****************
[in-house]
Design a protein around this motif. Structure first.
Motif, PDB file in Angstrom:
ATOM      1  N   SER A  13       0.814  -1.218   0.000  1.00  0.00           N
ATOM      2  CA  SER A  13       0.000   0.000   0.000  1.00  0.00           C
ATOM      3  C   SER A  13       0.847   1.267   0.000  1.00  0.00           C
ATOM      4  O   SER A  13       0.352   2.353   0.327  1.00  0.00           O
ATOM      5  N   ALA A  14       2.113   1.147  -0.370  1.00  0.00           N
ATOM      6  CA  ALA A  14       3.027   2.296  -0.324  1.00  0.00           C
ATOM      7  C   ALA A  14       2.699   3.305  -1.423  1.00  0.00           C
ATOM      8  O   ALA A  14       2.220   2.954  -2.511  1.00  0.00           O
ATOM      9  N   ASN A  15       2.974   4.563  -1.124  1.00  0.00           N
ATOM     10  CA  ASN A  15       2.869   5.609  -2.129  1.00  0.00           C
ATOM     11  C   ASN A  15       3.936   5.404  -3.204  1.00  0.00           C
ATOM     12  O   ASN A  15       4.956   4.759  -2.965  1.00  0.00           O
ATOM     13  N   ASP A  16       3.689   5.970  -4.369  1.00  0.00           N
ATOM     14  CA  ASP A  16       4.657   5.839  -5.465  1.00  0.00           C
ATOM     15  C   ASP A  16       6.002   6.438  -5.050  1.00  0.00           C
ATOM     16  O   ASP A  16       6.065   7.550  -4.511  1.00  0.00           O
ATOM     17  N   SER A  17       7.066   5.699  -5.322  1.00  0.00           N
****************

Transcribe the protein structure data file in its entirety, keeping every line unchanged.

[in-house]
Design a protein around this motif. Structure first.
Motif, PDB file in Angstrom:
ATOM      1  N   SER A  13       0.814  -1.218   0.000  1.00  0.00           N
ATOM      2  CA  SER A  13       0.000   0.000   0.000  1.00  0.00           C
ATOM      3  C   SER A  13       0.847   1.267   0.000  1.00  0.00           C
ATOM      4  O   SER A  13       0.352   2.353   0.327  1.00  0.00           O
ATOM      5  N   ALA A  14       2.113   1.147  -0.370  1.00  0.00           N
ATOM      6  CA  ALA A  14       3.027   2.296  -0.324  1.00  0.00           C
ATOM      7  C   ALA A  14       2.699   3.305  -1.423  1.00  0.00           C
ATOM      8  O   ALA A  14       2.220   2.954  -2.511  1.00  0.00           O
ATOM      9  N   ASN A  15       2.974   4.563  -1.124  1.00  0.00           N
ATOM     10  CA  ASN A  15       2.869   5.609  -2.129  1.00  0.00           C
ATOM     11  C   ASN A  15       3.936   5.404  -3.204  1.00  0.00           C
ATOM     12  O   ASN A  15       4.956   4.759  -2.965  1.00  0.00           O
ATOM     13  N   ASP A  16       3.689   5.970  -4.369  1.00  0.00           N
ATOM     14  CA  ASP A  16       4.657   5.839  -5.465  1.00  0.00           C
ATOM     15  C   ASP A  16       6.002   6.438  -5.050  1.00  0.00           C
ATOM     16  O   ASP A  16       6.065   7.550  -4.511  1.00  0.00           O
ATOM     17  N   SER A  17       7.066   5.699  -5.322  1.00  0.00           N